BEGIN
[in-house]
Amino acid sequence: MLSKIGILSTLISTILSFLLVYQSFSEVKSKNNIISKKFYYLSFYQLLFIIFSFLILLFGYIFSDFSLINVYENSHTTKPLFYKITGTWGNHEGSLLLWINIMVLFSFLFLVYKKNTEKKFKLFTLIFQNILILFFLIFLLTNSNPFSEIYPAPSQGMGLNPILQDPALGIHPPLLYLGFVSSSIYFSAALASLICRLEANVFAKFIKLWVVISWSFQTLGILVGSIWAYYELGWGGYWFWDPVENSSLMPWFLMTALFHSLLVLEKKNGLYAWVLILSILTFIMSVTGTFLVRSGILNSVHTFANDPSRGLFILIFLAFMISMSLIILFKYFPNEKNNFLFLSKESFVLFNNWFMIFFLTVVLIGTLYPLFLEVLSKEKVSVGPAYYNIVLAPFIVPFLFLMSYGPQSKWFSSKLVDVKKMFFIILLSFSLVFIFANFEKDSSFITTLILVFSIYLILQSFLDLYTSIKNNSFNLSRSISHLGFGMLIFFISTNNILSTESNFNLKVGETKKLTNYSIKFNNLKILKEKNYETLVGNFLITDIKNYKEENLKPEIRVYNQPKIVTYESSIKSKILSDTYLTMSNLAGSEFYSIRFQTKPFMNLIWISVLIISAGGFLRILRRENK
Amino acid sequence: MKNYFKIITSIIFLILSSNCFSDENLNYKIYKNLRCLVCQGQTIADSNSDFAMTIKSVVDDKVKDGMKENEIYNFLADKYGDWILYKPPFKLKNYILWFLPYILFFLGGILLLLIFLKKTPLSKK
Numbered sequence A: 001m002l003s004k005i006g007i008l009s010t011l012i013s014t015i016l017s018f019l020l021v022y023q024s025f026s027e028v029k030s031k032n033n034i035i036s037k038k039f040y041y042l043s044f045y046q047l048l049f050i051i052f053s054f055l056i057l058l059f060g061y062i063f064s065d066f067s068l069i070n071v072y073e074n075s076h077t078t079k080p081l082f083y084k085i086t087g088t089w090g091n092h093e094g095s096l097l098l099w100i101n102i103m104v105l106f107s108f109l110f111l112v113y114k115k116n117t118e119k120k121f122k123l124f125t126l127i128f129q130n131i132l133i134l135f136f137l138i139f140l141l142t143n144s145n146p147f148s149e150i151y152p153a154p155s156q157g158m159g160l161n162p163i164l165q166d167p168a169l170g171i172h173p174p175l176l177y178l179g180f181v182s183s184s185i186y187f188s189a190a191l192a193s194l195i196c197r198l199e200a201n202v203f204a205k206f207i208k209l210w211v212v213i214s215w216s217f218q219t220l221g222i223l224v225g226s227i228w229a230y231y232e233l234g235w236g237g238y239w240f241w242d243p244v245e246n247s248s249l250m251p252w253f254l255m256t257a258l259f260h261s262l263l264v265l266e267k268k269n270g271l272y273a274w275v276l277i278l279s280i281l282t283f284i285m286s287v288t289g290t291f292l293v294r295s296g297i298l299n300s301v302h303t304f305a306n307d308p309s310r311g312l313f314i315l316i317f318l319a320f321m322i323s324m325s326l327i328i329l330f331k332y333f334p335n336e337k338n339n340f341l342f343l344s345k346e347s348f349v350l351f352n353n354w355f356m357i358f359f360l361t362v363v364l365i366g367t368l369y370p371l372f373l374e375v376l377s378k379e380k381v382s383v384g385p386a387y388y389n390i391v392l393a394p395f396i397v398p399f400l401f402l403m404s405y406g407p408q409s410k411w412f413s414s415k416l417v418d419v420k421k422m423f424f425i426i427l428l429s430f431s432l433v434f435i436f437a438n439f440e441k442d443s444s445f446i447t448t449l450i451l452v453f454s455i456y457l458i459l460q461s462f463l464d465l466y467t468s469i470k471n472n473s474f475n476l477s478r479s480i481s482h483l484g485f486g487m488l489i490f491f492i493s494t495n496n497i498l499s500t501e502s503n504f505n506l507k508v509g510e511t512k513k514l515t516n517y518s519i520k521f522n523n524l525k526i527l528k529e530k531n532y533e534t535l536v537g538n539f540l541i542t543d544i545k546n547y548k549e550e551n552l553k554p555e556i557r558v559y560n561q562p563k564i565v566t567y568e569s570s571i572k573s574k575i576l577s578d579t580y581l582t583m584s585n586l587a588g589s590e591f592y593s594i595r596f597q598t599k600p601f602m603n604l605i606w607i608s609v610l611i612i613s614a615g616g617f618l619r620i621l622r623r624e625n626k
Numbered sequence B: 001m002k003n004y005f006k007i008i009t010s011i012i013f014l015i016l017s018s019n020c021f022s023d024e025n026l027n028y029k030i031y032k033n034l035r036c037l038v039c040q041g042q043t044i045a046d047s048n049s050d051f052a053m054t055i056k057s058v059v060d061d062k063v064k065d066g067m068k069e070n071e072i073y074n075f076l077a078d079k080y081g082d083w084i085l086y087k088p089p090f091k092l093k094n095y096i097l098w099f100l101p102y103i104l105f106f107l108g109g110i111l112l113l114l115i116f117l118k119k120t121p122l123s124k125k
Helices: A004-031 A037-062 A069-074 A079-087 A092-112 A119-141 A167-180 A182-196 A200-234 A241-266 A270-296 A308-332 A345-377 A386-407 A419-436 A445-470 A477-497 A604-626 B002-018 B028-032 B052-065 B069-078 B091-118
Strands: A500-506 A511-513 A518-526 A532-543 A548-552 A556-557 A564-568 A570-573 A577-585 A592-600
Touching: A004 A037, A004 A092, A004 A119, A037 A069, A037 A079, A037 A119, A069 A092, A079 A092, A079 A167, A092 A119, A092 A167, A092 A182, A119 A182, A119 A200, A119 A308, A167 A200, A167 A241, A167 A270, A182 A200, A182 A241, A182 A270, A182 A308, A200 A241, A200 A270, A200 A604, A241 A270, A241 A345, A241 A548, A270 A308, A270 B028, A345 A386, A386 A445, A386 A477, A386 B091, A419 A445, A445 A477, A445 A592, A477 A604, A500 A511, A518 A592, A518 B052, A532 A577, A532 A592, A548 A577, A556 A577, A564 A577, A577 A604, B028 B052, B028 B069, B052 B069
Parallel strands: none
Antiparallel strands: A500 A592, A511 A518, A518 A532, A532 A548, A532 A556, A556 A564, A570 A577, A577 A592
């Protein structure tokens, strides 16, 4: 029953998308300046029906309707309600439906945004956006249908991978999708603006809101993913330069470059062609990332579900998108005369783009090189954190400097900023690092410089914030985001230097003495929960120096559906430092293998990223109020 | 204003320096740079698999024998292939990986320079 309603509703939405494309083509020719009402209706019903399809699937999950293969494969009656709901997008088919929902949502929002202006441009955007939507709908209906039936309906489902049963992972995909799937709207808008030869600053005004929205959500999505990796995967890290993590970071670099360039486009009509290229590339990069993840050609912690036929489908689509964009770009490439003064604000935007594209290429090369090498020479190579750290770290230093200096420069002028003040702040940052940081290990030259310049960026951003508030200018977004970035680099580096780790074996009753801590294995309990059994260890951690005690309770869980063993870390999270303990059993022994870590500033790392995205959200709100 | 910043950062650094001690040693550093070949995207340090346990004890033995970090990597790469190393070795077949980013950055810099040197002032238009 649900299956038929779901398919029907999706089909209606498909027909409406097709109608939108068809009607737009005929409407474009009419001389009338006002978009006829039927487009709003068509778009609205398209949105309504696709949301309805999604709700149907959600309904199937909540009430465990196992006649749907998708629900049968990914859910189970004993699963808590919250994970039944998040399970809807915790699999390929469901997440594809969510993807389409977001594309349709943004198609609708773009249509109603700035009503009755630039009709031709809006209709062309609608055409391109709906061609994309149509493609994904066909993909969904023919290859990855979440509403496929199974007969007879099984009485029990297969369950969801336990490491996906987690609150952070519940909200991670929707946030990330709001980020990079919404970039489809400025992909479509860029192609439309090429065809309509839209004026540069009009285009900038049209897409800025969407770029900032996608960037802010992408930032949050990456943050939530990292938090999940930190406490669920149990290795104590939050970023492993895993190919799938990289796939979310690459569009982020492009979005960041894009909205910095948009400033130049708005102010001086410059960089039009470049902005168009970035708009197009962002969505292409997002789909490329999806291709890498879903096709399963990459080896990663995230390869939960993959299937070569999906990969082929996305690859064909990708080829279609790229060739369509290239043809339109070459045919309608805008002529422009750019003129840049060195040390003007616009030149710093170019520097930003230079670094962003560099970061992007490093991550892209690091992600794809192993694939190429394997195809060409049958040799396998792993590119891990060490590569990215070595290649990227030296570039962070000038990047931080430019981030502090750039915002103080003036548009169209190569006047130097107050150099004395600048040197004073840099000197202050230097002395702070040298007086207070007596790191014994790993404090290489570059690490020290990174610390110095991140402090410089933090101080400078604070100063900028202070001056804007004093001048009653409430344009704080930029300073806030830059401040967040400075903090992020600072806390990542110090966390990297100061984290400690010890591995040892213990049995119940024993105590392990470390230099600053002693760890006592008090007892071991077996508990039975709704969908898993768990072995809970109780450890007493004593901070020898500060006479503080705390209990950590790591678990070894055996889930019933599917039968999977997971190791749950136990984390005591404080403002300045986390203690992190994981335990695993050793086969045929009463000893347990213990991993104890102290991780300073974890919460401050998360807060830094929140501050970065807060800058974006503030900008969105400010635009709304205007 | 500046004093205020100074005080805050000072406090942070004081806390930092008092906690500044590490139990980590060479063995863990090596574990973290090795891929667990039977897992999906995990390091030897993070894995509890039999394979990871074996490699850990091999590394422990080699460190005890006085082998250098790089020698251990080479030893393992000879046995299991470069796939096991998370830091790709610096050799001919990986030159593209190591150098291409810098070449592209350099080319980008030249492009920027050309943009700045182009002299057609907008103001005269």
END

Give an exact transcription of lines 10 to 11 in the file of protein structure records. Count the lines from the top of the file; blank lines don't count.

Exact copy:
Antiparallel strands: A500 A592, A511 A518, A518 A532, A532 A548, A532 A556, A556 A564, A570 A577, A577 A592
């Protein structure tokens, strides 16, 4: 029953998308300046029906309707309600439906945004956006249908991978999708603006809101993913330069470059062609990332579900998108005369783009090189954190400097900023690092410089914030985001230097003495929960120096559906430092293998990223109020 | 204003320096740079698999024998292939990986320079 309603509703939405494309083509020719009402209706019903399809699937999950293969494969009656709901997008088919929902949502929002202006441009955007939507709908209906039936309906489902049963992972995909799937709207808008030869600053005004929205959500999505990796995967890290993590970071670099360039486009009509290229590339990069993840050609912690036929489908689509964009770009490439003064604000935007594209290429090369090498020479190579750290770290230093200096420069002028003040702040940052940081290990030259310049960026951003508030200018977004970035680099580096780790074996009753801590294995309990059994260890951690005690309770869980063993870390999270303990059993022994870590500033790392995205959200709100 | 910043950062650094001690040693550093070949995207340090346990004890033995970090990597790469190393070795077949980013950055810099040197002032238009 649900299956038929779901398919029907999706089909209606498909027909409406097709109608939108068809009607737009005929409407474009009419001389009338006002978009006829039927487009709003068509778009609205398209949105309504696709949301309805999604709700149907959600309904199937909540009430465990196992006649749907998708629900049968990914859910189970004993699963808590919250994970039944998040399970809807915790699999390929469901997440594809969510993807389409977001594309349709943004198609609708773009249509109603700035009503009755630039009709031709809006209709062309609608055409391109709906061609994309149509493609994904066909993909969904023919290859990855979440509403496929199974007969007879099984009485029990297969369950969801336990490491996906987690609150952070519940909200991670929707946030990330709001980020990079919404970039489809400025992909479509860029192609439309090429065809309509839209004026540069009009285009900038049209897409800025969407770029900032996608960037802010992408930032949050990456943050939530990292938090999940930190406490669920149990290795104590939050970023492993895993190919799938990289796939979310690459569009982020492009979005960041894009909205910095948009400033130049708005102010001086410059960089039009470049902005168009970035708009197009962002969505292409997002789909490329999806291709890498879903096709399963990459080896990663995230390869939960993959299937070569999906990969082929996305690859064909990708080829279609790229060739369509290239043809339109070459045919309608805008002529422009750019003129840049060195040390003007616009030149710093170019520097930003230079670094962003560099970061992007490093991550892209690091992600794809192993694939190429394997195809060409049958040799396998792993590119891990060490590569990215070595290649990227030296570039962070000038990047931080430019981030502090750039915002103080003036548009169209190569006047130097107050150099004395600048040197004073840099000197202050230097002395702070040298007086207070007596790191014994790993404090290489570059690490020290990174610390110095991140402090410089933090101080400078604070100063900028202070001056804007004093001048009653409430344009704080930029300073806030830059401040967040400075903090992020600072806390990542110090966390990297100061984290400690010890591995040892213990049995119940024993105590392990470390230099600053002693760890006592008090007892071991077996508990039975709704969908898993768990072995809970109780450890007493004593901070020898500060006479503080705390209990950590790591678990070894055996889930019933599917039968999977997971190791749950136990984390005591404080403002300045986390203690992190994981335990695993050793086969045929009463000893347990213990991993104890102290991780300073974890919460401050998360807060830094929140501050970065807060800058974006503030900008969105400010635009709304205007 | 500046004093205020100074005080805050000072406090942070004081806390930092008092906690500044590490139990980590060479063995863990090596574990973290090795891929667990039977897992999906995990390091030897993070894995509890039999394979990871074996490699850990091999590394422990080699460190005890006085082998250098790089020698251990080479030893393992000879046995299991470069796939096991998370830091790709610096050799001919990986030159593209190591150098291409810098070449592209350099080319980008030249492009920027050309943009700045182009002299057609907008103001005269």